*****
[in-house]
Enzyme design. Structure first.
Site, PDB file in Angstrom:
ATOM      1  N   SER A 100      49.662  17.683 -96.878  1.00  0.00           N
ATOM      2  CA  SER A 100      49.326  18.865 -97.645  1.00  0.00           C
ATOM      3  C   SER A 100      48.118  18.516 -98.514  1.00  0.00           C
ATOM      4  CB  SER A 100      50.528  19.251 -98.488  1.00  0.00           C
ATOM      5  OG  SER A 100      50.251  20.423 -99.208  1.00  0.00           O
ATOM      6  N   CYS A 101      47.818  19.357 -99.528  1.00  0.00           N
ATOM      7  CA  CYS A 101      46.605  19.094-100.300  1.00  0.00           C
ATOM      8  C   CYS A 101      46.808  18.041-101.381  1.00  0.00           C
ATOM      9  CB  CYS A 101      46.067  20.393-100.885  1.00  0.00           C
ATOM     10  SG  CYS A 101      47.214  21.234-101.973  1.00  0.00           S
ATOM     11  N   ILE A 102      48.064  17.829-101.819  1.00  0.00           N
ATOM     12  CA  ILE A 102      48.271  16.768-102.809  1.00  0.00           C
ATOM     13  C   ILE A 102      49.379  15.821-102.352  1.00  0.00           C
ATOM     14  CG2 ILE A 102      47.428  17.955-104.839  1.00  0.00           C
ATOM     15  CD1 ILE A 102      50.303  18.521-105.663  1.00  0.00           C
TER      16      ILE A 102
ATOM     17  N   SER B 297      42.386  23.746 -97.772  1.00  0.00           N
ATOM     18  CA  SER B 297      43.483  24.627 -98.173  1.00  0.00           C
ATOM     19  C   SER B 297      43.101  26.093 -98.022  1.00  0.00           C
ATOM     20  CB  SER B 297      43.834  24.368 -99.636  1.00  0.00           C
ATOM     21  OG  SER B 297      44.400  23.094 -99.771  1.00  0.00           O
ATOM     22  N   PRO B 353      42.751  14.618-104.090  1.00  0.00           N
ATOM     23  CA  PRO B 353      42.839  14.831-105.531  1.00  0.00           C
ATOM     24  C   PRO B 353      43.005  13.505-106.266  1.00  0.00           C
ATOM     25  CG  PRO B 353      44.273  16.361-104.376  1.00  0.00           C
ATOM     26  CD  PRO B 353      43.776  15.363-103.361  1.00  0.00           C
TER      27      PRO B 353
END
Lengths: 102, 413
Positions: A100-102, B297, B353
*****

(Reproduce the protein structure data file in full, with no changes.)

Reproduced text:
[in-house]
Enzyme design. Structure first.
Site, PDB file in Angstrom:
ATOM      1  N   SER A 100      49.662  17.683 -96.878  1.00  0.00           N
ATOM      2  CA  SER A 100      49.326  18.865 -97.645  1.00  0.00           C
ATOM      3  C   SER A 100      48.118  18.516 -98.514  1.00  0.00           C
ATOM      4  CB  SER A 100      50.528  19.251 -98.488  1.00  0.00           C
ATOM      5  OG  SER A 100      50.251  20.423 -99.208  1.00  0.00           O
ATOM      6  N   CYS A 101      47.818  19.357 -99.528  1.00  0.00           N
ATOM      7  CA  CYS A 101      46.605  19.094-100.300  1.00  0.00           C
ATOM      8  C   CYS A 101      46.808  18.041-101.381  1.00  0.00           C
ATOM      9  CB  CYS A 101      46.067  20.393-100.885  1.00  0.00           C
ATOM     10  SG  CYS A 101      47.214  21.234-101.973  1.00  0.00           S
ATOM     11  N   ILE A 102      48.064  17.829-101.819  1.00  0.00           N
ATOM     12  CA  ILE A 102      48.271  16.768-102.809  1.00  0.00           C
ATOM     13  C   ILE A 102      49.379  15.821-102.352  1.00  0.00           C
ATOM     14  CG2 ILE A 102      47.428  17.955-104.839  1.00  0.00           C
ATOM     15  CD1 ILE A 102      50.303  18.521-105.663  1.00  0.00           C
TER      16      ILE A 102
ATOM     17  N   SER B 297      42.386  23.746 -97.772  1.00  0.00           N
ATOM     18  CA  SER B 297      43.483  24.627 -98.173  1.00  0.00           C
ATOM     19  C   SER B 297      43.101  26.093 -98.022  1.00  0.00           C
ATOM     20  CB  SER B 297      43.834  24.368 -99.636  1.00  0.00           C
ATOM     21  OG  SER B 297      44.400  23.094 -99.771  1.00  0.00           O
ATOM     22  N   PRO B 353      42.751  14.618-104.090  1.00  0.00           N
ATOM     23  CA  PRO B 353      42.839  14.831-105.531  1.00  0.00           C
ATOM     24  C   PRO B 353      43.005  13.505-106.266  1.00  0.00           C
ATOM     25  CG  PRO B 353      44.273  16.361-104.376  1.00  0.00           C
ATOM     26  CD  PRO B 353      43.776  15.363-103.361  1.00  0.00           C
TER      27      PRO B 353
END
Lengths: 102, 413
Positions: A100-102, B297, B353